h) S. (at right) and a pope in a pair of late fourteenth- or fifteenth-century frescoes in the ambulatory of the abbey church of Sant'Antimo at Montalcino (SI) in Tuscany (the abbey claimed to possess relics of S. given at its foundation in 781 by pope Hadrian I, who supposedly had received them from Charlemagne):
i) S. in an early fifteenth-century (ca. 1400-1410) fresco by Taddeo di Bartolo, now in Naples' Museo Nazionale di Capodimonte:
j) Three views of S. (at right; pope St. Fabian at left) in a later fifteenth-century (ca. 1475) panel painting attributed to Giovanni di Paolo, now in the National Gallery in London:
Before cleaning in the 1970s (the National Gallery still calls this cleaning 'recent'):
After cleaning (the second image is clearer but the colors are off) :
k) S.'s martyrdom in a late fifteenth-century fresco by Giovanni Baleison (fl. 1480-1500) in the Chapelle Saint-Sebastien, Saint-Étienne-de-Tinée (Alpes-Maritimes):
An illustrated, French-language set of pages on this chapel begins here:
3) Euthymius the Great (d. 473). Our principal source for the monastic founder E. is his sixth-century Bios by the monastic hagiographer Cyril of Scythopolis (BHG 647), who had spent a decade in the lavra named for E. near a major road between Jerusalem and Jericho. According to C., E. was the offspring of long childless parents in Melitene in Armenia (now Malatya in southeastern Turkey) who had promised him to God should they be successful in having issue. Within two years of E.'s birth his father died, whereupon his mother put him in the care of her brother, a priest. The child E. was soon received into the church by Melitene's bishop. In time E. was made a lector and at age nineteen he was ordained priest. Given the duty of supervising suburban monasteries, he lived at two of these but made it his practice to spend Lent in retreat on an uninhabited mountain.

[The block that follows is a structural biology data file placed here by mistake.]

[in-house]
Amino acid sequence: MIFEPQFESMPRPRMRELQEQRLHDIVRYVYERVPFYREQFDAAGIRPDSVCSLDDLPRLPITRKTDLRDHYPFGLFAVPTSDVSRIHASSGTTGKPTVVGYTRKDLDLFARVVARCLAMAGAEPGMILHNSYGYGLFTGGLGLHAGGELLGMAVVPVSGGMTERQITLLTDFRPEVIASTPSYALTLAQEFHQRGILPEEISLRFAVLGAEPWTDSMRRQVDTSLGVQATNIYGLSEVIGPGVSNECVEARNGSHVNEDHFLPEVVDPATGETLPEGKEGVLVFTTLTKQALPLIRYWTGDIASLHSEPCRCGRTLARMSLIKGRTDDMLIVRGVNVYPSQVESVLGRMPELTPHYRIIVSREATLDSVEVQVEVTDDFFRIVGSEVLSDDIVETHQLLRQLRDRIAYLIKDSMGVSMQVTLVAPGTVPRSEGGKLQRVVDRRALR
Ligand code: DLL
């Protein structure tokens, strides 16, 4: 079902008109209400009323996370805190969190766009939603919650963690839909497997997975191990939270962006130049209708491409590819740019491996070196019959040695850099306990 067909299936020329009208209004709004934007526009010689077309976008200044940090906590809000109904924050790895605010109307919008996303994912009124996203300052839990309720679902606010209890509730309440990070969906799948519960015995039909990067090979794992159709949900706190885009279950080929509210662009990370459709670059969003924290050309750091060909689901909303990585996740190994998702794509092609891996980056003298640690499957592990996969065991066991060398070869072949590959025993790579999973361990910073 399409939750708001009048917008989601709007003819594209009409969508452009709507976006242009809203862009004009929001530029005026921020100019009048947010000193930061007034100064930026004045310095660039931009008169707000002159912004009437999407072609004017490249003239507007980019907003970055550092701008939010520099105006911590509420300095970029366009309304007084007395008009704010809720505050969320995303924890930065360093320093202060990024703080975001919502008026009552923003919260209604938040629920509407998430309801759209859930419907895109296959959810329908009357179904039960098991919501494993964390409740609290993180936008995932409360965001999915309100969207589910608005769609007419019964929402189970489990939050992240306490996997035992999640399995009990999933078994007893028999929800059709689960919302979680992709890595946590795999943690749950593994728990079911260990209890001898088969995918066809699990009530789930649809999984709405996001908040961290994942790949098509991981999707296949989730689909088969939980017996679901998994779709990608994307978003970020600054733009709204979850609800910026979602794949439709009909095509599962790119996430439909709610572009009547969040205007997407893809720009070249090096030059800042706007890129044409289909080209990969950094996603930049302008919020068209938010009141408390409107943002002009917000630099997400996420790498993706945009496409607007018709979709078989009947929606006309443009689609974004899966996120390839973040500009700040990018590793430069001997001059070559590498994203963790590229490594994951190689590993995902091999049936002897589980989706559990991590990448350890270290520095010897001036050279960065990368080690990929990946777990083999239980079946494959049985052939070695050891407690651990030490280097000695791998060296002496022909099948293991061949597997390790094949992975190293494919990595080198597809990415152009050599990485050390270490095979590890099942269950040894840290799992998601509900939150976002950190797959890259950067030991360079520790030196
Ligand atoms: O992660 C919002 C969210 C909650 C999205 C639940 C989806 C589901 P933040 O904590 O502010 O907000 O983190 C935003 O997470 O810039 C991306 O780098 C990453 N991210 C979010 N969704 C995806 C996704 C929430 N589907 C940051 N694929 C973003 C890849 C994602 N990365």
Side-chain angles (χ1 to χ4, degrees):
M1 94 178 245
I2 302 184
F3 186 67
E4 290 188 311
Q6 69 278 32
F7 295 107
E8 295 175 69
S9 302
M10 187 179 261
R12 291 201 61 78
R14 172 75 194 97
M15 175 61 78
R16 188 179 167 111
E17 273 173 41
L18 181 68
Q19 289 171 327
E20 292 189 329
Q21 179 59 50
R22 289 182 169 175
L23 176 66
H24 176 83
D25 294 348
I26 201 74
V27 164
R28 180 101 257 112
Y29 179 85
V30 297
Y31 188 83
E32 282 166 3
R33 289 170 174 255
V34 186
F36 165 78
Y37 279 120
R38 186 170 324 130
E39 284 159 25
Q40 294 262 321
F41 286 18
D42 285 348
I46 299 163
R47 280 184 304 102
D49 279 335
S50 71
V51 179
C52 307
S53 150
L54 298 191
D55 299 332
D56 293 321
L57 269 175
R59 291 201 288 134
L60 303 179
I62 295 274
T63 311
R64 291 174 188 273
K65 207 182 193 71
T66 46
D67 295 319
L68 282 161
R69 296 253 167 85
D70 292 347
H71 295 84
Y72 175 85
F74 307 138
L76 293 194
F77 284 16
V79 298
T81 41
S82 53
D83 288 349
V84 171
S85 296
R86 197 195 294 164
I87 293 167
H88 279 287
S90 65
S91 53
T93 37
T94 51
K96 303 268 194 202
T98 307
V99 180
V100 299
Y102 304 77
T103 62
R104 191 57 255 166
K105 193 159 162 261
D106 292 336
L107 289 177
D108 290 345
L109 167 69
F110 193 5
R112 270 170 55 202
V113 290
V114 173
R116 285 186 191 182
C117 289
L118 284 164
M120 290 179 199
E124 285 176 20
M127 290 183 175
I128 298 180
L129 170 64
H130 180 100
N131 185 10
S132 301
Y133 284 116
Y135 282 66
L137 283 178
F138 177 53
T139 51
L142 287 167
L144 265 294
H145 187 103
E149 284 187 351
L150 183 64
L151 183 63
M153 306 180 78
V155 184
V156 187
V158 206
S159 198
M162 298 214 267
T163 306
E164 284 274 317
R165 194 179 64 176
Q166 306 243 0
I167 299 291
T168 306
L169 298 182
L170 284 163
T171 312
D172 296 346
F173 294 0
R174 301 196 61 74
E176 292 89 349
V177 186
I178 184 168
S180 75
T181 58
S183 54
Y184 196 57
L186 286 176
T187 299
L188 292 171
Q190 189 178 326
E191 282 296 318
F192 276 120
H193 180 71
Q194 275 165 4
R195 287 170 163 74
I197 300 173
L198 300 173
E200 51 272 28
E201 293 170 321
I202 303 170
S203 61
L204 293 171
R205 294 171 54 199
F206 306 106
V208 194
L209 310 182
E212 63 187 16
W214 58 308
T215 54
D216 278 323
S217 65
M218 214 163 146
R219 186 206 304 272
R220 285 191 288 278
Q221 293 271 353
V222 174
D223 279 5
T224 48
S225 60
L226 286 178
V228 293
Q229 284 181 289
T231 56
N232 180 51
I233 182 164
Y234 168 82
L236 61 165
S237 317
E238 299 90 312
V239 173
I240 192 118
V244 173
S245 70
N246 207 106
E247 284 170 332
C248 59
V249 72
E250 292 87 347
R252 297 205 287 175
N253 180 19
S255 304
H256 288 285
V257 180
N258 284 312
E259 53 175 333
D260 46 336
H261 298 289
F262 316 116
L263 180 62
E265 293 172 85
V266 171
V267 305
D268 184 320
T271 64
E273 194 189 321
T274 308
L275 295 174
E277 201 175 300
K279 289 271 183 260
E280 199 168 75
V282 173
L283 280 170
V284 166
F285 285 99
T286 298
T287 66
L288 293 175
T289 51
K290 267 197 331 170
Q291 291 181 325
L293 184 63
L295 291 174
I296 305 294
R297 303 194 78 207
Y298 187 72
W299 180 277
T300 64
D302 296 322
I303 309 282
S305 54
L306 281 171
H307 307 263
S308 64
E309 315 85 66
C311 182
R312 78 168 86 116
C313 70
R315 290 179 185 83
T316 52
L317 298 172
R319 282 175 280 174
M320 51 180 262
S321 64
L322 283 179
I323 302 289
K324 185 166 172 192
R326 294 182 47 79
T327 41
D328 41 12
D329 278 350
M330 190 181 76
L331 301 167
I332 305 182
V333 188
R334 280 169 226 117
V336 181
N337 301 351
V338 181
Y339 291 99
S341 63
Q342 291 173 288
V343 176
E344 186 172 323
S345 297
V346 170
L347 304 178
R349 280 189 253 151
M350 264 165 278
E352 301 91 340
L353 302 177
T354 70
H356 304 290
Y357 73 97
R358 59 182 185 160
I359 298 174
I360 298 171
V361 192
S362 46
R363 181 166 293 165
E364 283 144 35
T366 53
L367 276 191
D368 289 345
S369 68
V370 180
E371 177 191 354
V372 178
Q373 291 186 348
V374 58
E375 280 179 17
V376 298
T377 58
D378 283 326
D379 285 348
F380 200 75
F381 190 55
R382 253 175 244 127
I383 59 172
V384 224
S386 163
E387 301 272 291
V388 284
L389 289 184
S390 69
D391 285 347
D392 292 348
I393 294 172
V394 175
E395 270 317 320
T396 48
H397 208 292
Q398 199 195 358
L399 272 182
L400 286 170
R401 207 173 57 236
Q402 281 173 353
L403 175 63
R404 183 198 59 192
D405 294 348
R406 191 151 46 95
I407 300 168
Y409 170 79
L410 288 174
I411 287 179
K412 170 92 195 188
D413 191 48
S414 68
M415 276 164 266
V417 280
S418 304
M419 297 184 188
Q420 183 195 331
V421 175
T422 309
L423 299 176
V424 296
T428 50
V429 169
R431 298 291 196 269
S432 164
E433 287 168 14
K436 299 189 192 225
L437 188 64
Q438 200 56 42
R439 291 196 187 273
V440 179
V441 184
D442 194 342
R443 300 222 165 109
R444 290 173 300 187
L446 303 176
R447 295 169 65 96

In about 406, finding his duties an impediment to his spiritual development, E. fled to Palestine. After visiting the Holy Places he settled at the lavra of Pharan and continued his practice of solitary retreat during Lent. After five years E. became an hermit in a cave with his fellow solitary Theoctist; in time they attracted followers and E. was persuaded to found a monastery which he then placed under Theoctist's direction before returning to the cave and later (in about 420) converting to Christianity a band of Saracen tribesmen. E. founded two other monasteries; it was his third lavra, which he himself guided and at which he died, that took his name. E. accepted the Christological formulation promulgated at Chalcedon in 451, used his authority among the monks of Palestine to secure their rejection of monophysite views, and (still according to Cyril) through his counsel obtained the empress Eudoxia's adherence to Chalcedonian orthodoxy.